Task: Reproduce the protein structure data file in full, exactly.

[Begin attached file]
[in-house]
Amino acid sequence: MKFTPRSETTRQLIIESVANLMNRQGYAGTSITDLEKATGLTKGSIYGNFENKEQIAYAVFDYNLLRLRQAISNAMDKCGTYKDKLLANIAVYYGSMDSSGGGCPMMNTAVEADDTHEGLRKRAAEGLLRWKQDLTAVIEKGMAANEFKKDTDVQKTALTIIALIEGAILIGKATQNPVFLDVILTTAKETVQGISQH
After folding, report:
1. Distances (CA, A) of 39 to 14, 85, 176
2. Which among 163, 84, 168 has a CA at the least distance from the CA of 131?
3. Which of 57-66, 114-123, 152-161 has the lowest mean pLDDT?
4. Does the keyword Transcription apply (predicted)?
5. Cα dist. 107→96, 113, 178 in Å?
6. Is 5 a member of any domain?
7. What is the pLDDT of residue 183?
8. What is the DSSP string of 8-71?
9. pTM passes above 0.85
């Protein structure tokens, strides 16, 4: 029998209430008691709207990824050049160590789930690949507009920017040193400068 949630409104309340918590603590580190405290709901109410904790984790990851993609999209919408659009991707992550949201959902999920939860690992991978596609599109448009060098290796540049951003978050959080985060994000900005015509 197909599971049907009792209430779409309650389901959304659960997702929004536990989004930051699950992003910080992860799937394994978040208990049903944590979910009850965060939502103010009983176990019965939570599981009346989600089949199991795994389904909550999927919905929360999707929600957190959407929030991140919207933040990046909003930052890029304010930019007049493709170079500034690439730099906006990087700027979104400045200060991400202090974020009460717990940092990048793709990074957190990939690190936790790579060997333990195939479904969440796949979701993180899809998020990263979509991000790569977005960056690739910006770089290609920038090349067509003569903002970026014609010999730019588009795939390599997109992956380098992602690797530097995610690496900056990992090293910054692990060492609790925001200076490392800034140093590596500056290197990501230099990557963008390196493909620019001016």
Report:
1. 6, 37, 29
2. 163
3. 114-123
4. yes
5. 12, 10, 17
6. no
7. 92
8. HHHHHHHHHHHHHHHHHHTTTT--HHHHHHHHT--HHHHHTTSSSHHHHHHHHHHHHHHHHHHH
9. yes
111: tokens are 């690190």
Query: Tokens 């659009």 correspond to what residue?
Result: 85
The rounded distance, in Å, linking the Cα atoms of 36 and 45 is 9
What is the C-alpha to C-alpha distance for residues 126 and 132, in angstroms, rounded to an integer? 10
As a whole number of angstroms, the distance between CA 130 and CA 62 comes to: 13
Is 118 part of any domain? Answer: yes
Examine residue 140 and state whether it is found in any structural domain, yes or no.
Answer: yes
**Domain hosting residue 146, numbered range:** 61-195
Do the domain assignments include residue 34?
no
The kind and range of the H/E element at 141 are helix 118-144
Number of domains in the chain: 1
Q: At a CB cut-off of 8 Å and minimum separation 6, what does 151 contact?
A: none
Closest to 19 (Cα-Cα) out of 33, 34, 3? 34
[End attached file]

[in-house]
Amino acid sequence: MKFTPRSETTRQLIIESVANLMNRQGYAGTSITDLEKATGLTKGSIYGNFENKEQIAYAVFDYNLLRLRQAISNAMDKCGTYKDKLLANIAVYYGSMDSSGGGCPMMNTAVEADDTHEGLRKRAAEGLLRWKQDLTAVIEKGMAANEFKKDTDVQKTALTIIALIEGAILIGKATQNPVFLDVILTTAKETVQGISQH
After folding, report:
1. Distances (CA, A) of 39 to 14, 85, 176
2. Which among 163, 84, 168 has a CA at the least distance from the CA of 131?
3. Which of 57-66, 114-123, 152-161 has the lowest mean pLDDT?
4. Does the keyword Transcription apply (predicted)?
5. Cα dist. 107→96, 113, 178 in Å?
6. Is 5 a member of any domain?
7. What is the pLDDT of residue 183?
8. What is the DSSP string of 8-71?
9. pTM passes above 0.85
């Protein structure tokens, strides 16, 4: 029998209430008691709207990824050049160590789930690949507009920017040193400068 949630409104309340918590603590580190405290709901109410904790984790990851993609999209919408659009991707992550949201959902999920939860690992991978596609599109448009060098290796540049951003978050959080985060994000900005015509 197909599971049907009792209430779409309650389901959304659960997702929004536990989004930051699950992003910080992860799937394994978040208990049903944590979910009850965060939502103010009983176990019965939570599981009346989600089949199991795994389904909550999927919905929360999707929600957190959407929030991140919207933040990046909003930052890029304010930019007049493709170079500034690439730099906006990087700027979104400045200060991400202090974020009460717990940092990048793709990074957190990939690190936790790579060997333990195939479904969440796949979701993180899809998020990263979509991000790569977005960056690739910006770089290609920038090349067509003569903002970026014609010999730019588009795939390599997109992956380098992602690797530097995610690496900056990992090293910054692990060492609790925001200076490392800034140093590596500056290197990501230099990557963008390196493909620019001016």
Report:
1. 6, 37, 29
2. 163
3. 114-123
4. yes
5. 12, 10, 17
6. no
7. 92
8. HHHHHHHHHHHHHHHHHHTTTT--HHHHHHHHT--HHHHHTTSSSHHHHHHHHHHHHHHHHHHH
9. yes
111: tokens are 């690190």
Query: Tokens 């659009």 correspond to what residue?
Result: 85
The rounded distance, in Å, linking the Cα atoms of 36 and 45 is 9
What is the C-alpha to C-alpha distance for residues 126 and 132, in angstroms, rounded to an integer? 10
As a whole number of angstroms, the distance between CA 130 and CA 62 comes to: 13
Is 118 part of any domain? Answer: yes
Examine residue 140 and state whether it is found in any structural domain, yes or no.
Answer: yes
**Domain hosting residue 146, numbered range:** 61-195
Do the domain assignments include residue 34?
no
The kind and range of the H/E element at 141 are helix 118-144
Number of domains in the chain: 1
Q: At a CB cut-off of 8 Å and minimum separation 6, what does 151 contact?
A: none
Closest to 19 (Cα-Cα) out of 33, 34, 3? 34